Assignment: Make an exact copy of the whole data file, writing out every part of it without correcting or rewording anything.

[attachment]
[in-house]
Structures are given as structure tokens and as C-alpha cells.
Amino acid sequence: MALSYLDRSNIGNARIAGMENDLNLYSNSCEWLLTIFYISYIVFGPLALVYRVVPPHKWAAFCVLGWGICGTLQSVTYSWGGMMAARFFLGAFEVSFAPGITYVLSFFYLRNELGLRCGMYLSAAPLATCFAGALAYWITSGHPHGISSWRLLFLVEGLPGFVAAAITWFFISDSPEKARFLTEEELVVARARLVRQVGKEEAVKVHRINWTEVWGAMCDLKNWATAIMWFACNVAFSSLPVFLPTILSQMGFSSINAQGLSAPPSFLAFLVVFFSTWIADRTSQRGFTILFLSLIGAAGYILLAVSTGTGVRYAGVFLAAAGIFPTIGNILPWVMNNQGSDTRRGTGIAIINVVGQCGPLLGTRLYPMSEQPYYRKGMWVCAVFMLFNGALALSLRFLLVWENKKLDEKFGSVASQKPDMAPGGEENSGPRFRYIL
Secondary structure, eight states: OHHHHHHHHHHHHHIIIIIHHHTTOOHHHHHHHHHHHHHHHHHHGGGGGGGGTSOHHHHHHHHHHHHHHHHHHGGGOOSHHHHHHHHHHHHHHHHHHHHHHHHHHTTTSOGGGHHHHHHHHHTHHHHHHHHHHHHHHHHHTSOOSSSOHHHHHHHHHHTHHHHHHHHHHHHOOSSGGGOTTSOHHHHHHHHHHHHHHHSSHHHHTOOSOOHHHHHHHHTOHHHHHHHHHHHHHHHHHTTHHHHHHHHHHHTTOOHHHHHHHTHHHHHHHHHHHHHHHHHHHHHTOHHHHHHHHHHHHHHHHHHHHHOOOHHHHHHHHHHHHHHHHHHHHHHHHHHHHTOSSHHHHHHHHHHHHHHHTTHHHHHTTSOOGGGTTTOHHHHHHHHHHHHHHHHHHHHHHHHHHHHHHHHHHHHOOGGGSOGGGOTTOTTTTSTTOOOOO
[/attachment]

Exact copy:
[in-house]
Structures are given as structure tokens and as C-alpha cells.
Amino acid sequence: MALSYLDRSNIGNARIAGMENDLNLYSNSCEWLLTIFYISYIVFGPLALVYRVVPPHKWAAFCVLGWGICGTLQSVTYSWGGMMAARFFLGAFEVSFAPGITYVLSFFYLRNELGLRCGMYLSAAPLATCFAGALAYWITSGHPHGISSWRLLFLVEGLPGFVAAAITWFFISDSPEKARFLTEEELVVARARLVRQVGKEEAVKVHRINWTEVWGAMCDLKNWATAIMWFACNVAFSSLPVFLPTILSQMGFSSINAQGLSAPPSFLAFLVVFFSTWIADRTSQRGFTILFLSLIGAAGYILLAVSTGTGVRYAGVFLAAAGIFPTIGNILPWVMNNQGSDTRRGTGIAIINVVGQCGPLLGTRLYPMSEQPYYRKGMWVCAVFMLFNGALALSLRFLLVWENKKLDEKFGSVASQKPDMAPGGEENSGPRFRYIL
Secondary structure, eight states: OHHHHHHHHHHHHHIIIIIHHHTTOOHHHHHHHHHHHHHHHHHHGGGGGGGGTSOHHHHHHHHHHHHHHHHHHGGGOOSHHHHHHHHHHHHHHHHHHHHHHHHHHTTTSOGGGHHHHHHHHHTHHHHHHHHHHHHHHHHHTSOOSSSOHHHHHHHHHHTHHHHHHHHHHHHOOSSGGGOTTSOHHHHHHHHHHHHHHHSSHHHHTOOSOOHHHHHHHHTOHHHHHHHHHHHHHHHHHTTHHHHHHHHHHHTTOOHHHHHHHTHHHHHHHHHHHHHHHHHHHHHTOHHHHHHHHHHHHHHHHHHHHHOOOHHHHHHHHHHHHHHHHHHHHHHHHHHHHTOSSHHHHHHHHHHHHHHHTTHHHHHTTSOOGGGTTTOHHHHHHHHHHHHHHHHHHHHHHHHHHHHHHHHHHHHOOGGGSOGGGOTTOTTTTSTTOOOOO